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Who is My Neighbor?

June 25, 2010
Gulf Oil Spill from Space

NASA Photo of Gulf Oil Spill from Space

If you create a website about people acting as good neighbors, you have to ask yourself: who is my neighbor? As I look around at various events happening around the world, I can’t help but take “neighbor” in the global sense. We are all neighbors to one another, no matter where we are positioned geographically. So my neighbor isn’t just the people in the house next door, my neighbor is a factory worker in China who made part of my computer, or the laborer who stooped to pick the strawberries I at for breakfast. I can choose to become neighbors with people anywhere in the world when I donate money to charitable organizations. I have dozens of neighbors on Facebook and Twitter who I interact with on a regular basis.

Staring us in the face every day on the news is the now infamous “bad” neighbor, BP. My guess is that company executives do not have what I would call a “Neighborhood Mindset”, that when they risk drilling a well somewhere in the world, they become the neighbors of the people and environment surrounding that well. A Neighborhood Mindset is one that reflects how one’s actions might affect a next door neighbor. I will take precautions to protect not only myself, but my neighbor as well. And I would hope my neighbor would do the same.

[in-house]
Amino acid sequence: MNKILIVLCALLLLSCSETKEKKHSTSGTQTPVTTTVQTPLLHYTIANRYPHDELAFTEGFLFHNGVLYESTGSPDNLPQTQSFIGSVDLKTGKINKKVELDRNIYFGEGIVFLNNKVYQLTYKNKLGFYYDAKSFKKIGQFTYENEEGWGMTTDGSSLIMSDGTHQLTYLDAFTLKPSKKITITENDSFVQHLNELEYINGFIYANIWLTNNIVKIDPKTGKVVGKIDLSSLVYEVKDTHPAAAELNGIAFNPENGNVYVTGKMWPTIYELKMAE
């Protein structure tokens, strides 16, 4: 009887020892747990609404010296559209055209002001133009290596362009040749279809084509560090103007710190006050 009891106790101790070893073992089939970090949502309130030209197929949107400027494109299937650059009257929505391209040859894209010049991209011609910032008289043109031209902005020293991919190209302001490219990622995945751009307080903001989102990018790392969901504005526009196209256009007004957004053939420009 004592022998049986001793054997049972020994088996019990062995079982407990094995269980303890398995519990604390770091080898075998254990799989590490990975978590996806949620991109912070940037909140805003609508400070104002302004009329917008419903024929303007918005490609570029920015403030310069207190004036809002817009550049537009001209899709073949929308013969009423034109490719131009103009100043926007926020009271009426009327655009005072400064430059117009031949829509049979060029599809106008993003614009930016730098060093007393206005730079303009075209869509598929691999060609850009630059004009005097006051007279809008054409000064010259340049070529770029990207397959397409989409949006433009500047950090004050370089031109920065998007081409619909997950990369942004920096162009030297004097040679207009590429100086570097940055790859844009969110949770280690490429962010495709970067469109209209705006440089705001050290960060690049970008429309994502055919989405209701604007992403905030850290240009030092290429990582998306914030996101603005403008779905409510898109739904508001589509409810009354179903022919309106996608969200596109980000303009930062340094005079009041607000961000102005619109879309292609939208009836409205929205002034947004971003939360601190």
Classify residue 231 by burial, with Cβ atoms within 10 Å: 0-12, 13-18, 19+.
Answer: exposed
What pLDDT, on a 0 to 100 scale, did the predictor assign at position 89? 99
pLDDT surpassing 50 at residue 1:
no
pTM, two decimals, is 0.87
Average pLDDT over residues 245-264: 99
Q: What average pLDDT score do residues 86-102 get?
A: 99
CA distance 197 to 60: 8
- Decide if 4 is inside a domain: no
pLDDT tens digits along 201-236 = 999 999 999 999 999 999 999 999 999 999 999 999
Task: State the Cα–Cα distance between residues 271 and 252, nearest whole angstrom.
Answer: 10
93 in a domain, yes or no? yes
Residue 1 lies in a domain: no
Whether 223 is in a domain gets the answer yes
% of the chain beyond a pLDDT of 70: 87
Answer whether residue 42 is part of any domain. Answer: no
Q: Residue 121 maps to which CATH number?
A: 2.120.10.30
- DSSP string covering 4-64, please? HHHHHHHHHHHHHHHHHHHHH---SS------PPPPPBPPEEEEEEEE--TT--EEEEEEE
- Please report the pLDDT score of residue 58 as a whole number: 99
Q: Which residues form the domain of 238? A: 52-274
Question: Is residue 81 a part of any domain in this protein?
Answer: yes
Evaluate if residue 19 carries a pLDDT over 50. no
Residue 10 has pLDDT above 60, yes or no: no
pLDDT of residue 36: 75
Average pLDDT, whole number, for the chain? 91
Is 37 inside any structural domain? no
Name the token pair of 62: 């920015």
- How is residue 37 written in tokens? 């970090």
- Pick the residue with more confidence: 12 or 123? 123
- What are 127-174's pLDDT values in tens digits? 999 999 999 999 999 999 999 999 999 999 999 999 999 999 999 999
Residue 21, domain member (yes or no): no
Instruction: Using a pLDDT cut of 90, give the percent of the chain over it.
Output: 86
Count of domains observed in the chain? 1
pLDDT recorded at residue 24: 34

Of course, it is not easy being a good neighbor all the time. We make mistakes and we are often so self-absorbed we don’t realize that the words we say or the actions we take are hurting others. As one of my heroes, Stuart Smalley, would say, “progress, not perfection.”

Here’s to progress toward becoming a better neighbor to all our neighbors. No matter where they live.

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2 Comments leave one →
  1. Sande Rajcic permalink
    June 26, 2010 2:10 pm

    The word “neighbor” meant “best friend” to my mother. When she died at the age of 83, there were still a handful of neighbors her age who had been living side by side for nearly 60 years to mourn her passing. To be a neighbor to my parents meant to treat someone like family. In contrast, being “neighborly” to many of us these days here in southern California means saying “have a nice day,” abiding by the homeowner’s association rules and regulations, and generally minding one’s own business. In my parent’s generation, one learned to be neighbor to the world through being a neighbor to the people who lived next door. Perhaps, just perhaps, in our generation, being a good neighbor to people around the globe will teach us and empower us to be good neighbors to the people who live on our streets and beside our houses. One can only hope.

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